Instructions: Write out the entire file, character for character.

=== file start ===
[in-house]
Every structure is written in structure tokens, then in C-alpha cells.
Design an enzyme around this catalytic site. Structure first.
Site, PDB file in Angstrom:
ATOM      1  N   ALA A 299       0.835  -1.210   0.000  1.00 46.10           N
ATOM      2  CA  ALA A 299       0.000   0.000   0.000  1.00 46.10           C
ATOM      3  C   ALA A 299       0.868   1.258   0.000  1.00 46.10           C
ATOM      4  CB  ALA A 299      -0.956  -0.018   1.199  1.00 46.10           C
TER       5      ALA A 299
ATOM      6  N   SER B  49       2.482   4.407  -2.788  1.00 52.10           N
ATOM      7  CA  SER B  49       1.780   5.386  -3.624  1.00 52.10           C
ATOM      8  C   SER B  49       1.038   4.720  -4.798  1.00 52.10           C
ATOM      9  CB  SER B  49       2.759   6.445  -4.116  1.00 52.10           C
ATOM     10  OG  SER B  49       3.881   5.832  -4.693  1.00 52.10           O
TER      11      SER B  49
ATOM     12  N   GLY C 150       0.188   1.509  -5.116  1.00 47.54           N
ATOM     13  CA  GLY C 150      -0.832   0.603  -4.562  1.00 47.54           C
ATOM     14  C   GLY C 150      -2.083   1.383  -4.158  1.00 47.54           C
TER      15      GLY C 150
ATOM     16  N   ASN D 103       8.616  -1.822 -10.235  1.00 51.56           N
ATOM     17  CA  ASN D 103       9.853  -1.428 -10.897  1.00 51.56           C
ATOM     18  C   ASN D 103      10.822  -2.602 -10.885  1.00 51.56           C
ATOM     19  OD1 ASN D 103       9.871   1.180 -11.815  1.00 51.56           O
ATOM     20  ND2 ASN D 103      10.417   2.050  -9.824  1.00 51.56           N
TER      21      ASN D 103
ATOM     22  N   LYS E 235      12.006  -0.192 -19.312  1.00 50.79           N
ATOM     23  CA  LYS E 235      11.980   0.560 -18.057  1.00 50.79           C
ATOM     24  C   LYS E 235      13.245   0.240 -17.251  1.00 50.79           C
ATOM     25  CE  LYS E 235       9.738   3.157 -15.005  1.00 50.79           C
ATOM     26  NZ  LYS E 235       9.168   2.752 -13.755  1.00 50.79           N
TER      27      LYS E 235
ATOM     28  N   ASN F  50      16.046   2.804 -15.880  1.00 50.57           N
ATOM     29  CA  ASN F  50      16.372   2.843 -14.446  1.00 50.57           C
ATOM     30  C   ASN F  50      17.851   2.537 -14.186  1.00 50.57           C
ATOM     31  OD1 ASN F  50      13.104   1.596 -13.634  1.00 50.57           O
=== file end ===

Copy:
[in-house]
Every structure is written in structure tokens, then in C-alpha cells.
Design an enzyme around this catalytic site. Structure first.
Site, PDB file in Angstrom:
ATOM      1  N   ALA A 299       0.835  -1.210   0.000  1.00 46.10           N
ATOM      2  CA  ALA A 299       0.000   0.000   0.000  1.00 46.10           C
ATOM      3  C   ALA A 299       0.868   1.258   0.000  1.00 46.10           C
ATOM      4  CB  ALA A 299      -0.956  -0.018   1.199  1.00 46.10           C
TER       5      ALA A 299
ATOM      6  N   SER B  49       2.482   4.407  -2.788  1.00 52.10           N
ATOM      7  CA  SER B  49       1.780   5.386  -3.624  1.00 52.10           C
ATOM      8  C   SER B  49       1.038   4.720  -4.798  1.00 52.10           C
ATOM      9  CB  SER B  49       2.759   6.445  -4.116  1.00 52.10           C
ATOM     10  OG  SER B  49       3.881   5.832  -4.693  1.00 52.10           O
TER      11      SER B  49
ATOM     12  N   GLY C 150       0.188   1.509  -5.116  1.00 47.54           N
ATOM     13  CA  GLY C 150      -0.832   0.603  -4.562  1.00 47.54           C
ATOM     14  C   GLY C 150      -2.083   1.383  -4.158  1.00 47.54           C
TER      15      GLY C 150
ATOM     16  N   ASN D 103       8.616  -1.822 -10.235  1.00 51.56           N
ATOM     17  CA  ASN D 103       9.853  -1.428 -10.897  1.00 51.56           C
ATOM     18  C   ASN D 103      10.822  -2.602 -10.885  1.00 51.56           C
ATOM     19  OD1 ASN D 103       9.871   1.180 -11.815  1.00 51.56           O
ATOM     20  ND2 ASN D 103      10.417   2.050  -9.824  1.00 51.56           N
TER      21      ASN D 103
ATOM     22  N   LYS E 235      12.006  -0.192 -19.312  1.00 50.79           N
ATOM     23  CA  LYS E 235      11.980   0.560 -18.057  1.00 50.79           C
ATOM     24  C   LYS E 235      13.245   0.240 -17.251  1.00 50.79           C
ATOM     25  CE  LYS E 235       9.738   3.157 -15.005  1.00 50.79           C
ATOM     26  NZ  LYS E 235       9.168   2.752 -13.755  1.00 50.79           N
TER      27      LYS E 235
ATOM     28  N   ASN F  50      16.046   2.804 -15.880  1.00 50.57           N
ATOM     29  CA  ASN F  50      16.372   2.843 -14.446  1.00 50.57           C
ATOM     30  C   ASN F  50      17.851   2.537 -14.186  1.00 50.57           C
ATOM     31  OD1 ASN F  50      13.104   1.596 -13.634  1.00 50.57           O